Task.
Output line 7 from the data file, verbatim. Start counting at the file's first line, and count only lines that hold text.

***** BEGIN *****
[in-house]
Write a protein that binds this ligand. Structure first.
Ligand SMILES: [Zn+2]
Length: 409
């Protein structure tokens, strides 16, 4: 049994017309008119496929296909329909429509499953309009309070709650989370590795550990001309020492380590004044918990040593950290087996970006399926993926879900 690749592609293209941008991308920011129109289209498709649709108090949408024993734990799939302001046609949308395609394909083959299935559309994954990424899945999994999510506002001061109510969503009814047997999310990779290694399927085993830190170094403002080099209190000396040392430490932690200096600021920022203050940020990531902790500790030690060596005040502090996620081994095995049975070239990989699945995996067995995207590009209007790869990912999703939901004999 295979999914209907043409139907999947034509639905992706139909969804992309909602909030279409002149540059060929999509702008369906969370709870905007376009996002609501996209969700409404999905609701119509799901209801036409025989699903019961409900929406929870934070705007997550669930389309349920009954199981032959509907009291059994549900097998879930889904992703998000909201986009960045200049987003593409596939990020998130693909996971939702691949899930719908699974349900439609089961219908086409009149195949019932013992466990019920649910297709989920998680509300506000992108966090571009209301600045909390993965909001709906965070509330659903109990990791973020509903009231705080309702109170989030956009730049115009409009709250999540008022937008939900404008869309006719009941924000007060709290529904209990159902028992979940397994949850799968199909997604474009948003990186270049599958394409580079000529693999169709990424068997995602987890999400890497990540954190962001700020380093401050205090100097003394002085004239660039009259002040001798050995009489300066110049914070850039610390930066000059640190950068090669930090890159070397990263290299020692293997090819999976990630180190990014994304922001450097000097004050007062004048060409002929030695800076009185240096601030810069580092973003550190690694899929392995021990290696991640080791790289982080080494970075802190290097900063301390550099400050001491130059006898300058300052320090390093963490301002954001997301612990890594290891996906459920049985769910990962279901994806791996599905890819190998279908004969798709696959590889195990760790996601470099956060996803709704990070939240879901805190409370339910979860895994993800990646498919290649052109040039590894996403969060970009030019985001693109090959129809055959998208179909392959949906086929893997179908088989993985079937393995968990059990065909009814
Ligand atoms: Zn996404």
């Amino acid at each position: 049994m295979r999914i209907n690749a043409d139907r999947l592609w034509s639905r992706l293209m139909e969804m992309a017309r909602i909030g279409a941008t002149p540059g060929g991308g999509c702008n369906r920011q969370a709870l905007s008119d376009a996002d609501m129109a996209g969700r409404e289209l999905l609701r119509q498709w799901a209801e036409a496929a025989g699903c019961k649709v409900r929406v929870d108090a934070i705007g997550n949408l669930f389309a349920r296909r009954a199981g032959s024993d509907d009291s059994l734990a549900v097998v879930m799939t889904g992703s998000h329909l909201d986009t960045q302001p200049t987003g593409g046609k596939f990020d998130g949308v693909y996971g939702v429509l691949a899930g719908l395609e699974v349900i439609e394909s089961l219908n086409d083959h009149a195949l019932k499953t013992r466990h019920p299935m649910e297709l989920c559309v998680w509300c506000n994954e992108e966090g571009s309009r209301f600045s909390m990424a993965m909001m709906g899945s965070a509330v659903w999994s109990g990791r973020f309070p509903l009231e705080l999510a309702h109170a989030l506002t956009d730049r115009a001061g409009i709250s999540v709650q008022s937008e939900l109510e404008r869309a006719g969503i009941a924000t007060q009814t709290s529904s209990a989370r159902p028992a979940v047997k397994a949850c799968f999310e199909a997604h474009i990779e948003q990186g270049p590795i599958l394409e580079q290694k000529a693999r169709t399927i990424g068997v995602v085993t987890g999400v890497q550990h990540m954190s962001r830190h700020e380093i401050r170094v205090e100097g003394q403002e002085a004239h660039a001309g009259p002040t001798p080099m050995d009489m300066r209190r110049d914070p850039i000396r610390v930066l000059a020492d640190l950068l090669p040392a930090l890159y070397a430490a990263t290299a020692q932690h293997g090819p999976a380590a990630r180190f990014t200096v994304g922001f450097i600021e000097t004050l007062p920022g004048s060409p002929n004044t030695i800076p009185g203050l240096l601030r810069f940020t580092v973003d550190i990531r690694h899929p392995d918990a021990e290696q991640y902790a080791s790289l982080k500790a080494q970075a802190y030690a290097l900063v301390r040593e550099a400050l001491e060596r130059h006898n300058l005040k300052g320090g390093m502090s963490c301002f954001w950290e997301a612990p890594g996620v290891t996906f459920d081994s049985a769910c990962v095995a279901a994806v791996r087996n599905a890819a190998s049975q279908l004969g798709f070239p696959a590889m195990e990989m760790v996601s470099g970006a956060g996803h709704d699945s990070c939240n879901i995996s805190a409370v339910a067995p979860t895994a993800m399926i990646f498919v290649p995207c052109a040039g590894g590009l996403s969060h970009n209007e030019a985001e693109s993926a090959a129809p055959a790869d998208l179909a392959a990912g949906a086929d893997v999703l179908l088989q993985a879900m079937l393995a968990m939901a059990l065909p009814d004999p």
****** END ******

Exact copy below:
């Amino acid at each position: 049994m295979r999914i209907n690749a043409d139907r999947l592609w034509s639905r992706l293209m139909e969804m992309a017309r909602i909030g279409a941008t002149p540059g060929g991308g999509c702008n369906r920011q969370a709870l905007s008119d376009a996002d609501m129109a996209g969700r409404e289209l999905l609701r119509q498709w799901a209801e036409a496929a025989g699903c019961k649709v409900r929406v929870d108090a934070i705007g997550n949408l669930f389309a349920r296909r009954a199981g032959s024993d509907d009291s059994l734990a549900v097998v879930m799939t889904g992703s998000h329909l909201d986009t960045q302001p200049t987003g593409g046609k596939f990020d998130g949308v693909y996971g939702v429509l691949a899930g719908l395609e699974v349900i439609e394909s089961l219908n086409d083959h009149a195949l019932k499953t013992r466990h019920p299935m649910e297709l989920c559309v998680w509300c506000n994954e992108e966090g571009s309009r209301f600045s909390m990424a993965m909001m709906g899945s965070a509330v659903w999994s109990g990791r973020f309070p509903l009231e705080l999510a309702h109170a989030l506002t956009d730049r115009a001061g409009i709250s999540v709650q008022s937008e939900l109510e404008r869309a006719g969503i009941a924000t007060q009814t709290s529904s209990a989370r159902p028992a979940v047997k397994a949850c799968f999310e199909a997604h474009i990779e948003q990186g270049p590795i599958l394409e580079q290694k000529a693999r169709t399927i990424g068997v995602v085993t987890g999400v890497q550990h990540m954190s962001r830190h700020e380093i401050r170094v205090e100097g003394q403002e002085a004239h660039a001309g009259p002040t001798p080099m050995d009489m300066r209190r110049d914070p850039i000396r610390v930066l000059a020492d640190l950068l090669p040392a930090l890159y070397a430490a990263t290299a020692q932690h293997g090819p999976a380590a990630r180190f990014t200096v994304g922001f450097i600021e000097t004050l007062p920022g004048s060409p002929n004044t030695i800076p009185g203050l240096l601030r810069f940020t580092v973003d550190i990531r690694h899929p392995d918990a021990e290696q991640y902790a080791s790289l982080k500790a080494q970075a802190y030690a290097l900063v301390r040593e550099a400050l001491e060596r130059h006898n300058l005040k300052g320090g390093m502090s963490c301002f954001w950290e997301a612990p890594g996620v290891t996906f459920d081994s049985a769910c990962v095995a279901a994806v791996r087996n599905a890819a190998s049975q279908l004969g798709f070239p696959a590889m195990e990989m760790v996601s470099g970006a956060g996803h709704d699945s990070c939240n879901i995996s805190a409370v339910a067995p979860t895994a993800m399926i990646f498919v290649p995207c052109a040039g590894g590009l996403s969060h970009n209007e030019a985001e693109s993926a090959a129809p055959a790869d998208l179909a392959a990912g949906a086929d893997v999703l179908l088989q993985a879900m079937l393995a968990m939901a059990l065909p009814d004999p």